You never know what you'll get with these library records... at least these composers have great track records: Hawkshaw, Parker, and Moran have all made some great music. But without some possibility of listening, which sometimes means purchasing blindly, it's quite impossible to assess the music inside for merit. And it's amazing how many of these libraries were made back in the day. So now I try to do a little bit of research before wasting my money on terrible records, of which my wife complains there are far too many in the basement taking up space that could be better used for, oh I don't know, a new shoe closet, or maybe a collection of handbags.The point is this is a pretty good one. There are shades of Heldon on the first side, some inventive chord changes reminiscent of french prog on "echoplex", some Terry Riley-like keys on the side B opener, Crystal Cascade: basically, this is a record very much influenced by what was going on in prog and fusion in the mid-seventies, although by the time this appeared in 1977 as we all know the fusion and prog trends had already become utterly passé in the UK... It's interesting to me looking at the back of the sleeve that simple emotional descriptions of the tracks-- for ex. echoplex is described as "languid movement utilizing repeat echo" are so apt for this type of exercise, indicating again how closely connected music is to emotions, and I daresay, these connections are universal in all humans. I've talked a lot in the past about the evolutionary mystery of music, i.e. what is its survival advantage in humans and ultimate function, and it still is indeed a mystery, especially this strong link between universal emotions and musical creations. Even the minor third (sad) versus major third (happy) takes a lot of explaining that requires straddling both mathematics and biology. But as I've said before, for those of us who passionately love music (and all those reading this must be of that disposition), music is the only taste of heaven we will ever have on this world of impermanence and mortality.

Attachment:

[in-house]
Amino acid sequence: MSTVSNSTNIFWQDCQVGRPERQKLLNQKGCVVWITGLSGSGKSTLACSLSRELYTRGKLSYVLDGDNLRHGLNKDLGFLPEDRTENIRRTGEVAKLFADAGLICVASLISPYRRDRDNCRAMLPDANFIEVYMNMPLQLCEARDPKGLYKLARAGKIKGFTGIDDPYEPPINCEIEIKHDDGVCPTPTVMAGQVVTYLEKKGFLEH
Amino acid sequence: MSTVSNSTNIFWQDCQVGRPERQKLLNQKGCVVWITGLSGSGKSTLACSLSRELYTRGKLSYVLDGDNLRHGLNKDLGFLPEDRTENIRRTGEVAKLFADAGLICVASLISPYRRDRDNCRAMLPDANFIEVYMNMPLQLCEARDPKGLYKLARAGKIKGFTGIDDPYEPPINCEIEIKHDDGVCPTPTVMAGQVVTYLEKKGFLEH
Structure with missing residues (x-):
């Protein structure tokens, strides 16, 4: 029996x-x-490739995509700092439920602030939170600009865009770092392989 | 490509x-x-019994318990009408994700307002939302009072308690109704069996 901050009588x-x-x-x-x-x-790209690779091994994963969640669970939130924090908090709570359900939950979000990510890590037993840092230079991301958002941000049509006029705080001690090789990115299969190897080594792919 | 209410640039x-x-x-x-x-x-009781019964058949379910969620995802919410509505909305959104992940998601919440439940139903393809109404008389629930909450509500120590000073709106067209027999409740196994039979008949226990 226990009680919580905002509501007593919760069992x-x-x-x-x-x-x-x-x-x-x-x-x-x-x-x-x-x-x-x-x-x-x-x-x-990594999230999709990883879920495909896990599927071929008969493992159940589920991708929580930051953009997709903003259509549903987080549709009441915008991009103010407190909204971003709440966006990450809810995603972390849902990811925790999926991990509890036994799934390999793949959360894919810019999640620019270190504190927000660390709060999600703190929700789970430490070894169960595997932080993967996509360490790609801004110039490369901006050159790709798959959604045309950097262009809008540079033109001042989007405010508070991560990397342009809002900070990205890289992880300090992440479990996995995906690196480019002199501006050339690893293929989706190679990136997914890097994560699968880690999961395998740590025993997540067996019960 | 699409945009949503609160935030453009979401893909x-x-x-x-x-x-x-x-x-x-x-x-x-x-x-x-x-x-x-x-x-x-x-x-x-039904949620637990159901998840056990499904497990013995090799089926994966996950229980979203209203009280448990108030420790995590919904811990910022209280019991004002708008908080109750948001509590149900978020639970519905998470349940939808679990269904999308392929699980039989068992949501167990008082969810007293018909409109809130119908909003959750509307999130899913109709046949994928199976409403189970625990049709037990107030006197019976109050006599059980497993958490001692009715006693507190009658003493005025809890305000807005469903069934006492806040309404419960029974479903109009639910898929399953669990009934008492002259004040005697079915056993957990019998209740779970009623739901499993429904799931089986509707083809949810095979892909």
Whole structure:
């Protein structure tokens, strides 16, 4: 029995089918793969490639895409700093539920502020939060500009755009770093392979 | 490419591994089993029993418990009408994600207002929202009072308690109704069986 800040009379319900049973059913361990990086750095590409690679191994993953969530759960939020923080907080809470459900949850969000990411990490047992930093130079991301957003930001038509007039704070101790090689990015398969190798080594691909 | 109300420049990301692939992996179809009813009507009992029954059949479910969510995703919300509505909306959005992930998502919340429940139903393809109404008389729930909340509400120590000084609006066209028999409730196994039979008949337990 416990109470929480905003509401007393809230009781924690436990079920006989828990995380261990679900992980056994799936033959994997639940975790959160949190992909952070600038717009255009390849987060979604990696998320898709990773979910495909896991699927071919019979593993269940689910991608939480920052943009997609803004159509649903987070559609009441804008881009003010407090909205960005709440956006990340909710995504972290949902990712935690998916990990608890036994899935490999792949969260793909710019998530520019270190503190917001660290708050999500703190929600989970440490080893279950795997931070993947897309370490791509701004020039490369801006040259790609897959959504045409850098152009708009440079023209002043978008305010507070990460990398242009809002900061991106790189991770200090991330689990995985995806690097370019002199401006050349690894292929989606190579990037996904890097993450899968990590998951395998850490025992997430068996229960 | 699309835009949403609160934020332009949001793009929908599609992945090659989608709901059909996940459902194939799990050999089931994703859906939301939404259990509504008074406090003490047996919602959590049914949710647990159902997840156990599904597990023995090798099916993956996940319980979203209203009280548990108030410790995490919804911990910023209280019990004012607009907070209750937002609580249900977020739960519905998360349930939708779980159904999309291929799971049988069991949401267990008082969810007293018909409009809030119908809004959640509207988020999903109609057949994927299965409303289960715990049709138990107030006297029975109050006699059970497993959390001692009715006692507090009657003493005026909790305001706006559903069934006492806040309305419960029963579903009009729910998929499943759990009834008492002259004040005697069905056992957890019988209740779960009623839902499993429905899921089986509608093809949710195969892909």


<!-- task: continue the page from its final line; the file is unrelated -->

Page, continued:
First up, a very progressive number with some interesting passages, Expanding Horizons:

Then the aforementioned Echoplex:

As well as the B1 track Crystal Cascade:

And, please note that filejumbo is momentarily up again and you can download from this service at this present time (19:37 EST for the next 4-5 minutes give or take 5 minutes)

Tuesday, September 11, 2012

Frederic Rabold Crew - Package of Voices 1976